Lori Beaman

Canada Research Chair in the Contextualization of Religion in a Diverse Canada

Tier 2 - 2006-06-01
Renewed: 2011-10-01
University of Ottawa
Social Sciences and Humanities

613-562-5800 ext./poste 2814

Research involves

Studying the role of religion in Canadian society.

Research relevance

The research is deepening our understanding of diverse religious traditions and their place in contemporary Canadian society.

Religious Freedom and its Limits

Where do we draw the line on religious freedom? To what extent should we protect religious expression and at what cost? These are a couple of the questions being explored by Lori Beaman in her studies as a Canada Research Chair. She hopes that her answers will help define the sort of nation Canada is—and should be.

Beaman examines the ways in which we define religion and how these definitions are translated into interpretations of religious freedom. In the process, she takes a close look at the theoretical underpinnings of the limitation of religious freedom as it is currently viewed by Canada's courts.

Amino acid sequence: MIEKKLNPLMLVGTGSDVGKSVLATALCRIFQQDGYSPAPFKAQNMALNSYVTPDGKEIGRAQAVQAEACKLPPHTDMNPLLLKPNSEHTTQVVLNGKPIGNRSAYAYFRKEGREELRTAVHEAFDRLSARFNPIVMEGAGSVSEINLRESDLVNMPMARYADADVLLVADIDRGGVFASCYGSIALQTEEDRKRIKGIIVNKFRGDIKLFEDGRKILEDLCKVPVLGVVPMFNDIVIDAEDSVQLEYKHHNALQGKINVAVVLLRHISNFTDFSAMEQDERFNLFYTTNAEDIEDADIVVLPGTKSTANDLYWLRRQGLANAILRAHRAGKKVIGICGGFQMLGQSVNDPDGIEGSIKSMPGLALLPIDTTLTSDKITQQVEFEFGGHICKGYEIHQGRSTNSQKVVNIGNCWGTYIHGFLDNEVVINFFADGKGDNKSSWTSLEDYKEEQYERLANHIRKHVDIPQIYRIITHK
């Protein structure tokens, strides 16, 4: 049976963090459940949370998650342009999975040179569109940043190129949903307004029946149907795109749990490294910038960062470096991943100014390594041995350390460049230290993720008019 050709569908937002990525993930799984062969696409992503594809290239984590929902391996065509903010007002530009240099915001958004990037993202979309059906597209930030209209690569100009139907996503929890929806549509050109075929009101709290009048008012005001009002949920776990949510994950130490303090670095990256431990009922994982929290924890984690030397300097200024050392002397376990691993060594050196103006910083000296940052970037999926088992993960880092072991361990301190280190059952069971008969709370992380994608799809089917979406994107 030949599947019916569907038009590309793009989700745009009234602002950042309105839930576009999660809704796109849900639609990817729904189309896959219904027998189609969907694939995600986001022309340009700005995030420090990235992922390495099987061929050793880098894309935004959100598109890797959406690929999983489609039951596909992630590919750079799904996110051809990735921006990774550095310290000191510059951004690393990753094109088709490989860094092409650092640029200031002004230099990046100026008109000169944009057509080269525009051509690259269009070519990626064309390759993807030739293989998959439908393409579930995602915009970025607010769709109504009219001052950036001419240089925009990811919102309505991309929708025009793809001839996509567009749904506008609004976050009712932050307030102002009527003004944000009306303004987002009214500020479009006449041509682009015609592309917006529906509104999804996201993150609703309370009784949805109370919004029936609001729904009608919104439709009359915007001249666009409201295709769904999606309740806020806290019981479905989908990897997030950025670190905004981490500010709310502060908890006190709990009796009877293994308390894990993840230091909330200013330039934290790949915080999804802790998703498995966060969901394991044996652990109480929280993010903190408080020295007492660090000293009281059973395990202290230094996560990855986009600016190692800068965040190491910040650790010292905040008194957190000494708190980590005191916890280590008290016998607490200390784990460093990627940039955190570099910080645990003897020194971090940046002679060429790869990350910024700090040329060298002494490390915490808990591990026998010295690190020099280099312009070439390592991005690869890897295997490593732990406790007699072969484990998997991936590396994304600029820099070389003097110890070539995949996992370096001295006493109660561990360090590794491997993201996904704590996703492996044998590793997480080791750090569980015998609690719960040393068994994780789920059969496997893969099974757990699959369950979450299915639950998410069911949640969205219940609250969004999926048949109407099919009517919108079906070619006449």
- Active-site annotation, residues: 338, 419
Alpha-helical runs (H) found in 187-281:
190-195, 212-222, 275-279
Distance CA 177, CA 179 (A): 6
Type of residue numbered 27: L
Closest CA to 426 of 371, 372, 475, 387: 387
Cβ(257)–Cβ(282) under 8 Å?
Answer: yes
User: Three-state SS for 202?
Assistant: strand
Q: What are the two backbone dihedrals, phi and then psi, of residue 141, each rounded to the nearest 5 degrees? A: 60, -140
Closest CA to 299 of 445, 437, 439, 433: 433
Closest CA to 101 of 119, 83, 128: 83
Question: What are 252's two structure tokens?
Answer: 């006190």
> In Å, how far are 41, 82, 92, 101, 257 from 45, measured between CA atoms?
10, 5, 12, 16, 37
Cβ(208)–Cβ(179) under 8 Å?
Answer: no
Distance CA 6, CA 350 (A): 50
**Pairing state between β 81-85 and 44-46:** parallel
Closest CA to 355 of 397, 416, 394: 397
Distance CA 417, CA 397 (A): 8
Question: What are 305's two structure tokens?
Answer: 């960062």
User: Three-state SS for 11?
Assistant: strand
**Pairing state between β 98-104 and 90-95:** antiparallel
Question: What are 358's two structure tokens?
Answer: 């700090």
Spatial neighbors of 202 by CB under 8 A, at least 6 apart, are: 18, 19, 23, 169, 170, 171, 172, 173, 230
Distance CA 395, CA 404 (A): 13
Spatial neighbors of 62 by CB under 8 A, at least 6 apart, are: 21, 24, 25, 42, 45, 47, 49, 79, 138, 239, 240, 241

Beaman is also analyzing the global implications of various definitions of religious freedom. This part of her research involves an examination of case law from Britain, the United States, and France because she recognizes that observations about religious freedom apply across national borders, and fit more broadly into the domain of human rights.

This research is helping to clarify various important religious and societal issues such as the application of Sharia law in a "secular" state, the legality of polygamy, and the role of religion in public debates over same-sex marriage. Beaman hopes that it will also produce the kind of academic tools that can be used in the assessment of such issues in Canada and elsewhere in the world.